What is a Class Action Lawsuit?


If you are wondering what a class action lawsuit is, you’re not alone. Class action lawsuits tend to be highly complex, and they require an experienced lawyer at the helm. The actual definition of a class action, though, is fairly simple: in a class action, a person or group of people sues on behalf of a large group of people who all suffered the same legal injury.

For example, someone could file a class action suit on behalf of everyone who:

The person who starts the lawsuit is called the named plaintiff or class representative. The people proposed to be represented are called the class members. Class action lawsuits typically include hundreds or thousands of class members.

If you are having problems with a company—whether it’s a website, a company you invested in, or even your employer—many other people may be having the same problems. In these situations, a class action suit is often the best solution because it can allow many people across the country to benefit from a single lawsuit. It also empowers individuals who may otherwise lack a means of speaking out to stand up against a powerful company in court.

Any injured person can initiate a class action suit, but specific requirements apply. Below we outline the class action requirements and what you can expect as a class member or a class representative.

What Is a Class Action Suit?

A class action lawsuit serves several purposes. Most importantly, class actions deter corporate wrongdoing and allow people to join together to seek justice against a large entity when individual suits would be impractical. For example, if a bank unfairly charges you a $50 overdraft fee, it would be unrealistic to go through a lengthy, complex lawsuit for that relatively small amount of money. If, however, thousands of bank customers incurred unfair fees, a class action could be an efficient way to resolve the matter for many individuals at once. In general, a class action:

  • Litigates and resolves small claims: Small claims deserve attention, and the law entitles consumers to fair compensation for a range of corporate violations. Class action lawsuits make it possible to pursue small claims by grouping them into a single representative suit.
  • Represents individuals regardless of their financial situation: It does not cost anything to participate in a class action lawsuit. The attorneys advance case costs and get paid only if they recover money or other meaningful relief for the class. So individuals who usually lack the resources to win a big case can prevail on claims against giant companies when they join in a class action lawsuit.
  • Solves problems efficiently: If a million Americans had the same claim, it would not make sense to treat each case individually. That would be wasteful. A class action is an efficient way to solve the same problem for many individuals at once.
  • Deters corporate misconduct: Large corporations are less likely to act illegally or lie to consumers when there is a risk of facing a class action lawsuit as a result. A class action can cost a corporation millions of dollars and may also damage its reputation.
  • Provides finality: Because the ultimate judgment in a class action binds all class members who don’t opt out, the judgment lets the company move on, put the controversy to bed, and focus on doing business lawfully.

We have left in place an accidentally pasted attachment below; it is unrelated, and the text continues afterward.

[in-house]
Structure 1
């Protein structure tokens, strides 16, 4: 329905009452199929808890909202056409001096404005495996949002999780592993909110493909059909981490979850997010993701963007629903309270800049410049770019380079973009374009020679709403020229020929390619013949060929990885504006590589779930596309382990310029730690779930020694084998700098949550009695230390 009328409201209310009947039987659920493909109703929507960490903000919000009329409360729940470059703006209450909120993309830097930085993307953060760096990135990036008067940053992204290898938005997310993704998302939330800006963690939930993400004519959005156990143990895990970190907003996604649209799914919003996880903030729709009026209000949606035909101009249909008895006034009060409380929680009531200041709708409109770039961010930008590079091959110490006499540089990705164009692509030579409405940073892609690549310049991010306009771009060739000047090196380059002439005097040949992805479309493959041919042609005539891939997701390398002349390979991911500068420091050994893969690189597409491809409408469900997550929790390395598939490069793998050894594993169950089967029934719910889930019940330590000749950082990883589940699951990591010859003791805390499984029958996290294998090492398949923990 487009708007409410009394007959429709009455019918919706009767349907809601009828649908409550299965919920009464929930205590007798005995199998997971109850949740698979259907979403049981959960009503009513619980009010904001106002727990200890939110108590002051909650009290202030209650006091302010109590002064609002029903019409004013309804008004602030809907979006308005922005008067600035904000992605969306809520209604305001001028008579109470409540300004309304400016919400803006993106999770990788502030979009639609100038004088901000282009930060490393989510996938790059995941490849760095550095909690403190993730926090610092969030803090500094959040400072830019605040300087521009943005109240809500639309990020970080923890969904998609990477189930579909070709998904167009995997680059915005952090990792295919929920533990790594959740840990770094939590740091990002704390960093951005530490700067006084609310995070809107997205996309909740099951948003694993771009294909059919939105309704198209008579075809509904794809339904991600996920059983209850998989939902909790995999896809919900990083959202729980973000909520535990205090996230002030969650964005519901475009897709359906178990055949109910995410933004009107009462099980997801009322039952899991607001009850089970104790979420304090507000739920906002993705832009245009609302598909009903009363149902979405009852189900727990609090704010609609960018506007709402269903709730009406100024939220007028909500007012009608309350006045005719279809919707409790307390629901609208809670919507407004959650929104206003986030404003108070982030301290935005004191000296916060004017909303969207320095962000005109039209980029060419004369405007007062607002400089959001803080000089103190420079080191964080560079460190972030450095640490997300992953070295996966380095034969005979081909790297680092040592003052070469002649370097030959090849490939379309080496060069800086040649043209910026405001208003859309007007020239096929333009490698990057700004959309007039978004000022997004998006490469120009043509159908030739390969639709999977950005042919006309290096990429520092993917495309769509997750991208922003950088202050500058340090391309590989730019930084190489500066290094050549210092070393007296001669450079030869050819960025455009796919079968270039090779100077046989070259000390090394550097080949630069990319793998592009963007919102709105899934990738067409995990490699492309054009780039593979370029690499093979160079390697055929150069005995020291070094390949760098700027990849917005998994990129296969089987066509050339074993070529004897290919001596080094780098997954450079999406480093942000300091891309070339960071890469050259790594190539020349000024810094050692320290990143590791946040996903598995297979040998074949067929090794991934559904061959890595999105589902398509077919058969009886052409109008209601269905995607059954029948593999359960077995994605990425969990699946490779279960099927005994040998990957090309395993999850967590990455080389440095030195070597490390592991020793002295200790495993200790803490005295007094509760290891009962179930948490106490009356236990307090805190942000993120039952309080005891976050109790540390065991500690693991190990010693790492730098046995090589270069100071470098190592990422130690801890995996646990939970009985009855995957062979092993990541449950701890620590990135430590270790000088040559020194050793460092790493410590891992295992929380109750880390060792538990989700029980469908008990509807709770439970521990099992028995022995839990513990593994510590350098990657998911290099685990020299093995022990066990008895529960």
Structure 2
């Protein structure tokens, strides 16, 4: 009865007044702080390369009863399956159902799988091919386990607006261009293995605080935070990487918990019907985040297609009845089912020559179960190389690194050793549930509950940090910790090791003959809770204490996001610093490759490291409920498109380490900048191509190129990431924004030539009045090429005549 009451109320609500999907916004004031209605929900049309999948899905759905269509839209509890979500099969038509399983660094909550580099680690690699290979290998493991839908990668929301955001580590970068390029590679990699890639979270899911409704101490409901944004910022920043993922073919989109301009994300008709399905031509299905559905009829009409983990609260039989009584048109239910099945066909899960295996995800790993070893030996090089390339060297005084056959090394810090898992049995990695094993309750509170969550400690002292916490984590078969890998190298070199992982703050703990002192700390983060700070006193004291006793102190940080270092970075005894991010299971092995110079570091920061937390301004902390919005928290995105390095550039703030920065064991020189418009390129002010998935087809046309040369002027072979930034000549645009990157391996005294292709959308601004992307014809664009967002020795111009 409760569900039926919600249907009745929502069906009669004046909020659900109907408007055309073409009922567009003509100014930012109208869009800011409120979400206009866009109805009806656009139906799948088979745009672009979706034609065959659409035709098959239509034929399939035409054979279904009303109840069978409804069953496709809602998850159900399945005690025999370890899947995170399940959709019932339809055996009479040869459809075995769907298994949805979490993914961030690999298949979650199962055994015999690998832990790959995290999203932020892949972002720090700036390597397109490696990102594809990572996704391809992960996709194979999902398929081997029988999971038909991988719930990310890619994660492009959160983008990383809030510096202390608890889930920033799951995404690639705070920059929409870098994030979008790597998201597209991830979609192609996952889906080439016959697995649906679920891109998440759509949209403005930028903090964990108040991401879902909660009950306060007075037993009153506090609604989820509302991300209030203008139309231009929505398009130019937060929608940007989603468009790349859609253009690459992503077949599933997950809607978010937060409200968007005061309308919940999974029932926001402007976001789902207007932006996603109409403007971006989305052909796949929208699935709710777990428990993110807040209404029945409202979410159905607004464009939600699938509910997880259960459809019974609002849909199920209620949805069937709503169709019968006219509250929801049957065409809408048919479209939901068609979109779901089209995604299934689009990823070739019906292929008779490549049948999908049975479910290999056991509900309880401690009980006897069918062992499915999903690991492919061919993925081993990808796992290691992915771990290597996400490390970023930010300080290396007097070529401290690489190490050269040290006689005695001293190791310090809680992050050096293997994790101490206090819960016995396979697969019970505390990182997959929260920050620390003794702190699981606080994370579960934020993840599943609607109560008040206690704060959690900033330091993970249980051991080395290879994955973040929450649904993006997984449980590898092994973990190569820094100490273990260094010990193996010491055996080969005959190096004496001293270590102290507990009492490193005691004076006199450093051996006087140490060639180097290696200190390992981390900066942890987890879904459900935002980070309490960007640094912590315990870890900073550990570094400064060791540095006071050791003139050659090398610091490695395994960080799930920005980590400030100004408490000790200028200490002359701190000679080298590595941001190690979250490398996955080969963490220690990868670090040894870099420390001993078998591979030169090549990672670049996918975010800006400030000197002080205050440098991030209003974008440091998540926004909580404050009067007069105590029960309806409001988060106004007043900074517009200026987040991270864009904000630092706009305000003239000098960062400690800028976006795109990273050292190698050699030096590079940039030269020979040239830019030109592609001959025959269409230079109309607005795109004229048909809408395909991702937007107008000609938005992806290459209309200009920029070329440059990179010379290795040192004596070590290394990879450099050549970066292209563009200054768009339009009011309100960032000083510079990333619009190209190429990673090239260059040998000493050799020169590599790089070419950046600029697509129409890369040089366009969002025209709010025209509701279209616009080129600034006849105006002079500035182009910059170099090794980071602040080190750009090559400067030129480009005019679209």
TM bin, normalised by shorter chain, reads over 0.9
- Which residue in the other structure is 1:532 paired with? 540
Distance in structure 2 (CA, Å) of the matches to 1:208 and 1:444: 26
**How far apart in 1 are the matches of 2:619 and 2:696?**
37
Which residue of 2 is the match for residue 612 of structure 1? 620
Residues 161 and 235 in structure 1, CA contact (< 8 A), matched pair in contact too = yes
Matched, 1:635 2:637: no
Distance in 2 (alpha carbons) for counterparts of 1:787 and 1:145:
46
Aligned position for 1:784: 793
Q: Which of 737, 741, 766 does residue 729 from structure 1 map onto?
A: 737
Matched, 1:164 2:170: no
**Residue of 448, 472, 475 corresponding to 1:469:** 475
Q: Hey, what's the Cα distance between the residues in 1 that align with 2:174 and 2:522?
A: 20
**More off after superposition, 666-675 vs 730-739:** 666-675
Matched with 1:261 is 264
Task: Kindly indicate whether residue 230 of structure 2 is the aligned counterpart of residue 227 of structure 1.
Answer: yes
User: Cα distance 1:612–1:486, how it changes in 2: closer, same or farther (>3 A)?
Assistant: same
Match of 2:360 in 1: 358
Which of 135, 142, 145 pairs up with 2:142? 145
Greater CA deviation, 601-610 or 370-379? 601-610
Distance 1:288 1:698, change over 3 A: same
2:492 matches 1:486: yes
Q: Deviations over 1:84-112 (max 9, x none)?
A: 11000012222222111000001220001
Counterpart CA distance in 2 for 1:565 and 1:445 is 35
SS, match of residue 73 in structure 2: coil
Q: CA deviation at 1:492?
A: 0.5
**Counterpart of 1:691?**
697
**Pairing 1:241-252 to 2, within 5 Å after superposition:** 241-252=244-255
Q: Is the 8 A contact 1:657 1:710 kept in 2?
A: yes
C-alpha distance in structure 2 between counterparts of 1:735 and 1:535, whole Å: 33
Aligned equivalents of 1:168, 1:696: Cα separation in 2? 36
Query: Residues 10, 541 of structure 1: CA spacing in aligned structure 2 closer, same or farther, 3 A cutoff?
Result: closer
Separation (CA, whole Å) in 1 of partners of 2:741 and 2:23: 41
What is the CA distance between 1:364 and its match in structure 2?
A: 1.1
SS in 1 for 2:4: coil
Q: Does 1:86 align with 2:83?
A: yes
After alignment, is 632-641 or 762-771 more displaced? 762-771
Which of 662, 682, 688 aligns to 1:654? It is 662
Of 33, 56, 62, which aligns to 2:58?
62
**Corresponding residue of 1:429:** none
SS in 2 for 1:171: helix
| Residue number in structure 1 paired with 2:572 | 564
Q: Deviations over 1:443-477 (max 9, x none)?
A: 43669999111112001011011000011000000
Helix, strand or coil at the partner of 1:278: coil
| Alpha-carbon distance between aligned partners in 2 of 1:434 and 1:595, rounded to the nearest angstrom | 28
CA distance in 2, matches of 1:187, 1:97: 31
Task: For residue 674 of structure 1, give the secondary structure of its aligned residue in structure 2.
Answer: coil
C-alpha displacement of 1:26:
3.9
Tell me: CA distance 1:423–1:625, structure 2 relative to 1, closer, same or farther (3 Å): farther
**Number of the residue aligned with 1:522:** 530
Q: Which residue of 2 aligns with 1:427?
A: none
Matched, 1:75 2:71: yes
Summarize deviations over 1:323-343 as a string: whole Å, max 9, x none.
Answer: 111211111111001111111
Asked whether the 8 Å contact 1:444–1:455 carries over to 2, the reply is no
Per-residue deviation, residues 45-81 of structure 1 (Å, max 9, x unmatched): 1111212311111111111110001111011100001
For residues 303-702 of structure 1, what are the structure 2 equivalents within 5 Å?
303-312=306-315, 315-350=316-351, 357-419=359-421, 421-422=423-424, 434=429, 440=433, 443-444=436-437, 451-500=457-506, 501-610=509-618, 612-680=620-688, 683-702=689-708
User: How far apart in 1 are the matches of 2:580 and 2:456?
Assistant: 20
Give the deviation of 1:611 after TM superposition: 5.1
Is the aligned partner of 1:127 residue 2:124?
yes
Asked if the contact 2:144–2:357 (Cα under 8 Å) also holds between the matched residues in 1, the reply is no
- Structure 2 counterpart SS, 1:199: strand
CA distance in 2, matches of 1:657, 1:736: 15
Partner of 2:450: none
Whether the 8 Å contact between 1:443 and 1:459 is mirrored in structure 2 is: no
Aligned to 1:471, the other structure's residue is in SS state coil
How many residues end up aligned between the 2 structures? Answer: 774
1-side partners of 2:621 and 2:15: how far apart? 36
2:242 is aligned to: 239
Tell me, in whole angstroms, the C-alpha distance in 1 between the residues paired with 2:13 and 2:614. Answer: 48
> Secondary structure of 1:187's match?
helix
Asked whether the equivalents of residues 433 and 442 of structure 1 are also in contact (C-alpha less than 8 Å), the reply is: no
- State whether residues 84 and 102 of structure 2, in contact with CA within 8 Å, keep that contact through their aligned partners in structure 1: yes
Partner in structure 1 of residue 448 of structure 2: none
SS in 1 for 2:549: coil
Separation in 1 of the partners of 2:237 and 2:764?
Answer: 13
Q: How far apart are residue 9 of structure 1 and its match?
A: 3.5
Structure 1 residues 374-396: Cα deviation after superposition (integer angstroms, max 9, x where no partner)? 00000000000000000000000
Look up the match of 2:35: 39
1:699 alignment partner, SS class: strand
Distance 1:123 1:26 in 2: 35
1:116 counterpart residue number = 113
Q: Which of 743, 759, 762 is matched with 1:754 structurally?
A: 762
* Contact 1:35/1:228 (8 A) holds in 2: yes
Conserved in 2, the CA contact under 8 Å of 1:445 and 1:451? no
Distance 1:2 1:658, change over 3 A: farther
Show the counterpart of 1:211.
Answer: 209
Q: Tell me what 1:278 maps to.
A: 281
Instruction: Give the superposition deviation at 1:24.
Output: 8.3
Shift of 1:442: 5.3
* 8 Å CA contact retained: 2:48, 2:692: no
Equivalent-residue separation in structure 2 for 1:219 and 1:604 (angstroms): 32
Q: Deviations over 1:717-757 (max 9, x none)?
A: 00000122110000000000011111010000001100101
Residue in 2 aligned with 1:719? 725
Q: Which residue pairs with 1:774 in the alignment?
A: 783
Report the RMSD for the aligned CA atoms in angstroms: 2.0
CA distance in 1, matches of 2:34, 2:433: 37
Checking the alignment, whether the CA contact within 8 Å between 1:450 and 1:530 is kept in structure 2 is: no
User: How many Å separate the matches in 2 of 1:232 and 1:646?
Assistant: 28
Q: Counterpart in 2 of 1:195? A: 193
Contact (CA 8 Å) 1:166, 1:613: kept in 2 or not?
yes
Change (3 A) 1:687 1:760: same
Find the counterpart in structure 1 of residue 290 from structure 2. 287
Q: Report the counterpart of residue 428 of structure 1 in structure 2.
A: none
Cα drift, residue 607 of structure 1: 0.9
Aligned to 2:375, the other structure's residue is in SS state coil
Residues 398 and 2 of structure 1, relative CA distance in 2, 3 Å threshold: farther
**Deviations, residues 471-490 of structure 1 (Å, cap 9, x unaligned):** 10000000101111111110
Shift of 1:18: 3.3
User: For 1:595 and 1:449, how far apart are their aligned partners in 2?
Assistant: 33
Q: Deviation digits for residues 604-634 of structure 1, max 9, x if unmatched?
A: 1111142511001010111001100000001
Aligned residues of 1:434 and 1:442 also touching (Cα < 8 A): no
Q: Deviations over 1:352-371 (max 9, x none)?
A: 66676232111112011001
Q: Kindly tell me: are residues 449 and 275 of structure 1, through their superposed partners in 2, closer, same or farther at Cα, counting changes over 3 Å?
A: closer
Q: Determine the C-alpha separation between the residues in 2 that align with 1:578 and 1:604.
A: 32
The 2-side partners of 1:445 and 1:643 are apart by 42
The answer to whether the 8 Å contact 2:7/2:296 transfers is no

Who Can You Sue?

You can file a class action lawsuit against any corporate or government entity if your case satisfies the legal requirements. For example, lawyers at Girard Sharp recovered $5 million for consumers who bought falsely advertised Tyson Foods chicken. Depending on your case, you might sue:

  • Manufacturers: Any time you buy a product, whether it is a car, device, appliance, cosmetic, or food item, you have rights as a consumer. One of those rights is safety. A defective product may prove unsafe, giving you the right to take legal action. A class action lawsuit gives you the chance to connect with others who also purchased the defective product and seek justice. And if manufacturers get together to decide how much to charge for a product, the people who bought it and were deprived of competitive pricing can sue under the antitrust laws.
  • Financial institutions: Banks, insurance companies, credit unions, or any type of lender who charges unfair fees or imposes undisclosed, material changes in interest rates or policies could be a defendant in a class action lawsuit. Also, financial institutions and other publicly traded companies may be liable under the securities laws if they make fraudulent statements about their earnings or business.
  • Government agencies: Poorly maintained property, defective equipment or civil rights violations may provide a reason for a class action lawsuit against a government entity.

Whenever a company or organization acts wrongfully, whether through fraud, negligence or conspiracy, you have the right to seek compensation for your resulting injury. A class action enables you to march toward justice in court.

How to Start a Class Action Lawsuit

If you’ve suffered a loss or injury due to corporate misconduct, you can take steps to initiate a class action lawsuit immediately. Although you will need to contact a competent class action lawyer when it’s time to take your case to court, the following steps will help you determine if you have a case and prepare to meet with a lawyer:

  • Determine the cause: The first step is to think in general terms about what a jury might find wrong about what happened to you. Reflecting on your harm using the filter of how a jury would view it can help you tell your story to a lawyer, and in turn can help the lawyer evaluate your claim. For example, if you purchased a brand-name appliance that did not work as advertised, chances are many other people went through the same thing. If, however, you suffered a substantial or unusual loss, such as a house fire due to a defective product, a lawyer might recommend that you file an individual lawsuit instead of a class action.